A woman from Missouri was killed in a wrong-way crash along Interstate 70 in Western Kansas early Saturday afternoon involving a car and two semis. According to the Kansas Highway Patrol, 40-year-old Monica Miller from Columbia, Missouri, was driving a 2007 Saturn Ion headed east. She crossed the median and struck the front end of a 2015 Volvo semi. The car then spun down the side of the semi, hit a second semi, and was pushed to the north shoulder of the westbound lanes. Miller was killed in the crash. No one else was hurt. The crash happened just before 1:00 Saturday afternoon, nine miles west of Hays in Ellis County on Interstate 70.
A shooting death in Garden City remains under investigation. 69-year-old Ernest Ortiz was found suffering from a gunshot wound in the east parking lot entrance of his business, the El Conquistador Restaurant. Ortiz later died at a hospital. Police believe this could be a possible robbery. The Garden City Police Department is requesting assistance from the community. If you witnessed this incident, or have information related to this incident, you are asked to contact the Garden City Police Department at (620) 276-1300. If you wish to remain anonymous you can call Crime Stoppers (620) 275-7807, or text your tip to Garden City PD, text GCTIP and your tip to Tip411 (847411).
An Ohio man is sentenced in connection with a deadly swatting case in Kansas. A judge sentenced 19-year-old Casey Viner on Friday to 15 months in federal prison for one count of conspiracy and one count of obstructing justice. Viner admitted to arguing with co-defendant Shane Gaskill while playing an online computer game in December 2017 and asking another co-defendant, Tyler Barriss, to swat Gaskill. Barriss’ fake 911 call led Wichita police to the home of Andrew Finch believing that a man at the home had shot his own father and was holding others hostage. Finch was shot and killed by officers during the incident.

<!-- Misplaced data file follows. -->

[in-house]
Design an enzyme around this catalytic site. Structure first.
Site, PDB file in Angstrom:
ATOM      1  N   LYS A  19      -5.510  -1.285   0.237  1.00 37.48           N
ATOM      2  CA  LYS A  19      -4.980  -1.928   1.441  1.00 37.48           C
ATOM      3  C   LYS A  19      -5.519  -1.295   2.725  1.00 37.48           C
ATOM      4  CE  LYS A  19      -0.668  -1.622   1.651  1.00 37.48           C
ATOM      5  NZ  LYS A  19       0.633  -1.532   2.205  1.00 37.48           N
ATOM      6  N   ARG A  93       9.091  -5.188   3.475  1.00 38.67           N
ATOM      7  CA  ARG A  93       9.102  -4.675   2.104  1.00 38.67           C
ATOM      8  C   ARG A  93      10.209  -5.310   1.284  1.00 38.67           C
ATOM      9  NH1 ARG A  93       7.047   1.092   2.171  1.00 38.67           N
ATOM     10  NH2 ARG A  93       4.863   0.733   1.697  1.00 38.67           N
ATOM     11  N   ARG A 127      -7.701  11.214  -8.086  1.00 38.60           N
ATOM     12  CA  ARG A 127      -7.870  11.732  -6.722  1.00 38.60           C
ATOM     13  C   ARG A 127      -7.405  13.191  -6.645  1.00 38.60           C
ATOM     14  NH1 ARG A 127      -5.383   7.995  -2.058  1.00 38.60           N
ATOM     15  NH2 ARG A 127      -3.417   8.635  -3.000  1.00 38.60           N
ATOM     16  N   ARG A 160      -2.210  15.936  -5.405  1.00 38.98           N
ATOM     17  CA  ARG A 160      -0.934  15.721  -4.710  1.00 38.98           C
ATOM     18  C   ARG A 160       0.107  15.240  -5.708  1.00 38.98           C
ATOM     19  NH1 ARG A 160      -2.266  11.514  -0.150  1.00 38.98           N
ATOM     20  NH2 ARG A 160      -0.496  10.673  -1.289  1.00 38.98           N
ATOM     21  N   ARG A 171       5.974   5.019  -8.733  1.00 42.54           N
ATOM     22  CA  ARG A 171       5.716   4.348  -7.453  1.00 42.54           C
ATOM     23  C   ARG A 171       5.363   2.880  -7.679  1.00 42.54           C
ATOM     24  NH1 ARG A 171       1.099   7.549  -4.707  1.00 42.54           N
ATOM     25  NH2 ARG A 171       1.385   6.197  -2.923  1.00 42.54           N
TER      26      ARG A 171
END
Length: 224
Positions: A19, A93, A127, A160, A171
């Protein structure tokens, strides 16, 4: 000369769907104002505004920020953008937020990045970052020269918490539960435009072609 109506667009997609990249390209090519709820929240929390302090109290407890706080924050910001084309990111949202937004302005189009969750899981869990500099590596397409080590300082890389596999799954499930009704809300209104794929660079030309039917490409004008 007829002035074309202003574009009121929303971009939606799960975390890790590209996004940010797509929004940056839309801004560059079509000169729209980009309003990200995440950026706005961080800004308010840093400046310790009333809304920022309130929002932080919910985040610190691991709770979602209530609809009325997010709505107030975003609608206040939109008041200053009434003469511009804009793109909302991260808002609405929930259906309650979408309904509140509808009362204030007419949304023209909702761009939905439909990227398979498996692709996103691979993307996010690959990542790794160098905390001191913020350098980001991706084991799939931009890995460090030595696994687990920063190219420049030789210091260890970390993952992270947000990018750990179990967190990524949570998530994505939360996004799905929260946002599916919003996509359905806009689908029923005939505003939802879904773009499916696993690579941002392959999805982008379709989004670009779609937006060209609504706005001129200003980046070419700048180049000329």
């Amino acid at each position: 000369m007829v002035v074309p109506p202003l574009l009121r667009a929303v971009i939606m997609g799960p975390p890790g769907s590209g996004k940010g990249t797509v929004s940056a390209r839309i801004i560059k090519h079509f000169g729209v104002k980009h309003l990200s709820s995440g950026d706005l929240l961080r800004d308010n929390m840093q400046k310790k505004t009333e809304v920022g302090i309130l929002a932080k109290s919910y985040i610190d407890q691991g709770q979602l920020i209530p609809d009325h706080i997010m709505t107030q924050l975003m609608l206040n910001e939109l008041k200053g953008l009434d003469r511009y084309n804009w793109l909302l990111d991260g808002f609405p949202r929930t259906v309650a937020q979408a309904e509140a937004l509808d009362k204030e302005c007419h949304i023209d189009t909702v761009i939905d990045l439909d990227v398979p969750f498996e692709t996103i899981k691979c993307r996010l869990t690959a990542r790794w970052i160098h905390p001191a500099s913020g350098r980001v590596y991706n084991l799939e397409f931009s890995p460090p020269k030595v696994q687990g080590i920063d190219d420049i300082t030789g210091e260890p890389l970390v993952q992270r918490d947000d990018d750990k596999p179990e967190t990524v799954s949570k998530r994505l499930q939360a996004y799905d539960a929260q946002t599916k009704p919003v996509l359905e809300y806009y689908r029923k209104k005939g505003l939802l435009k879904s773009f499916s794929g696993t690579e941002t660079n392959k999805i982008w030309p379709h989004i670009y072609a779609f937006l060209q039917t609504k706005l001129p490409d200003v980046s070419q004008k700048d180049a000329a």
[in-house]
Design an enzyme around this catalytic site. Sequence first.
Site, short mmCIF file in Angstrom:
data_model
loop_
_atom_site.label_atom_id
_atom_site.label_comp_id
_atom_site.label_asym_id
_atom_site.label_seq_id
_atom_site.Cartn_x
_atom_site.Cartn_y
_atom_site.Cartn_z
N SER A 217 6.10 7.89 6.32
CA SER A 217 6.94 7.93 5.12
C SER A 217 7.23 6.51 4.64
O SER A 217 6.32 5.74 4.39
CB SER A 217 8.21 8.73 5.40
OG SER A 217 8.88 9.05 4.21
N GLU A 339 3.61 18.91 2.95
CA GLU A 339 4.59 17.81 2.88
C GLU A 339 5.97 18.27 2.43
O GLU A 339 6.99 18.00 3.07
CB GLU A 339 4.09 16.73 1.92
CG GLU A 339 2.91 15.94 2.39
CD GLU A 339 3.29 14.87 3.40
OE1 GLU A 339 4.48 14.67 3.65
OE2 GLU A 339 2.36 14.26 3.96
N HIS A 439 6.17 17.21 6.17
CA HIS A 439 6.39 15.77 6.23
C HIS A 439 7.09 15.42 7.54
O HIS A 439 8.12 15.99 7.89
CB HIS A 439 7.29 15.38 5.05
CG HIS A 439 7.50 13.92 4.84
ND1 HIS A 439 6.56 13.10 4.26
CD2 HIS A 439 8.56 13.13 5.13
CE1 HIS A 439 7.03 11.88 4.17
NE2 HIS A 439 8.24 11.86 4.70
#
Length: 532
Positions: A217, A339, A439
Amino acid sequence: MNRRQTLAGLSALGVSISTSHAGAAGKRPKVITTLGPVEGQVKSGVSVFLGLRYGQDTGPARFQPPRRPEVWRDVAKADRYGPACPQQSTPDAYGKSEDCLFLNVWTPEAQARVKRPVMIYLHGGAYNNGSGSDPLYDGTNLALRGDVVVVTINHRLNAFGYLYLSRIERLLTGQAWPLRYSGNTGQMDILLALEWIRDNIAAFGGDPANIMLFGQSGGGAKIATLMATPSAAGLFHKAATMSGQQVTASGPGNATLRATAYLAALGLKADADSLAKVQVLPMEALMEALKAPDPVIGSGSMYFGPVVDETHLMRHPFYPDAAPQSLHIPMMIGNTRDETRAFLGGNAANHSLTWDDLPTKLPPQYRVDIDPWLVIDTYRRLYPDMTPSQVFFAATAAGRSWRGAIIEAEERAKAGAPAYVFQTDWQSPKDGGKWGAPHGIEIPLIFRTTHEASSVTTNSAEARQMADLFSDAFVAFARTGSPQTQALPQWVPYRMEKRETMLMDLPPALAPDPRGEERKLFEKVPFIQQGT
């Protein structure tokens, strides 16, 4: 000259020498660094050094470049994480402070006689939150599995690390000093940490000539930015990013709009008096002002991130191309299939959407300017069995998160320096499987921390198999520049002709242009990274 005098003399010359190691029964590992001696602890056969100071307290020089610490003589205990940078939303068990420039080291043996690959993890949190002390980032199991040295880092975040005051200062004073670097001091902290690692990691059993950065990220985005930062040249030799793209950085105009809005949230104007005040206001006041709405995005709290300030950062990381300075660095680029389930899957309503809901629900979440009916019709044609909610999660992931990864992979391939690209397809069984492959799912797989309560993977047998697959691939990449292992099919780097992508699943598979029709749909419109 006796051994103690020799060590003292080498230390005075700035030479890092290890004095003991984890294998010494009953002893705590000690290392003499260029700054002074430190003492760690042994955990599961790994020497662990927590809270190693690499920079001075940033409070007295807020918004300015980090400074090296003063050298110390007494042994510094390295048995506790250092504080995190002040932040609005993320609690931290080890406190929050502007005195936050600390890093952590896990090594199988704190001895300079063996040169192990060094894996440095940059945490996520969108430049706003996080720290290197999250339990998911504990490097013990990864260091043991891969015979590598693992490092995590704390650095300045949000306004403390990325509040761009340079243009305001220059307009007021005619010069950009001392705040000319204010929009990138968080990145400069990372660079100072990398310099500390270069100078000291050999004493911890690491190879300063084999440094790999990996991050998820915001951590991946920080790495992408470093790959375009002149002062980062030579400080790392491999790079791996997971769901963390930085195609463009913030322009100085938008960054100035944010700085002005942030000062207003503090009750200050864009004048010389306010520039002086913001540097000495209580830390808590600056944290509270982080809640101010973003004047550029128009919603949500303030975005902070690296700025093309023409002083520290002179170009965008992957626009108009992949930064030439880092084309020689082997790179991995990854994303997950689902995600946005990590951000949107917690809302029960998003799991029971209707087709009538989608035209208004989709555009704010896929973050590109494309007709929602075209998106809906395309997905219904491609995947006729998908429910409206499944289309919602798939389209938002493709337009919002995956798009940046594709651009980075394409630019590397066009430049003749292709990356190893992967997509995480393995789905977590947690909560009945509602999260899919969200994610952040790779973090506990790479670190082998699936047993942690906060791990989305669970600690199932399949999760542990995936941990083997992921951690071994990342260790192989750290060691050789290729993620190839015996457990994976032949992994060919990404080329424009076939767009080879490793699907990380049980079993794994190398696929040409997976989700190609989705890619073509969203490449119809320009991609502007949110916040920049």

A motorcycle rider was hurt when he crashed while fleeing police in South Central Kansas. According to the Kansas Highway Patrol, 21-year-old Skyler Rupp from Wichita was riding a 2004 Suzuki motorcycle fleeing Mount Hope Police on a rural road in Reno County. He lost control of the bike and crashed. Rupp suffered a suspected serious injury. He was transported to a Wichita hospital. The chase and crash happened Saturday afternoon at around 2:15 in Reno County, six miles south of KS-96 on Obee Road.
Two people were hurt in a three-vehicle head-on crash in which the driver who caused it fled the scene late Sunday night. According to the Kansas Highway Patrol, a 2006 Nissan Maxima was going the wrong way, headed east in the westbound lane of K18 Highway. The Nissan struck two on-coming vehicles, a 2013 Chevrolet Cruze and a 2005 Nissan Altima, head-on. Patrol says the driver of the Maxima, identified as 20-year-old Rodriguez Acosta of Manhattan, fled the scene following the crash. A male passenger in his car suffered a suspected serious injury. Authorities were not immediately able to determine the injured passenger’s full name. A second person, a passenger in the Chevrolet Cruze, also suffered a suspected serious injury. She is identified as 17-year-old Hannah Burkhart of Fort Riley. No one in the Altima was hurt. The crash happened Sunday night shortly after 9:00 on K18 Highway in Geary County about three miles from Interstate 70.
Kansas State Fair officials are planning to re-evaluate the event’s gun policy. KSNW reports that fair organizers are examining the firearms policy because concert security concerns could conflict with state law. Concertgoers at this year’s Kansas State Fair had to undergo screening at country music singer Billy Currington’s concert because the performer required it in his contract.
With fall approaching, a Kansas State University veterinarian says homeowners and pet owners need to be cautious of bats, which are a leading transmitter of rabies. According to the Centers for Disease Control, bats are responsible for roughly 7 in 10 rabies deaths among people who are infected with the rabies virus in the U.S. The CDCsays that many people do not realize that bats can transmit rabies and don’t seek treatment when exposed to one. They often also don’t know that they have been bitten or scratched by a bat because of the small wounds that they leave. Bats are a problem for animals as well, accounting for one-third of the 5,000 rabid animals that are reported in the U.S. each year.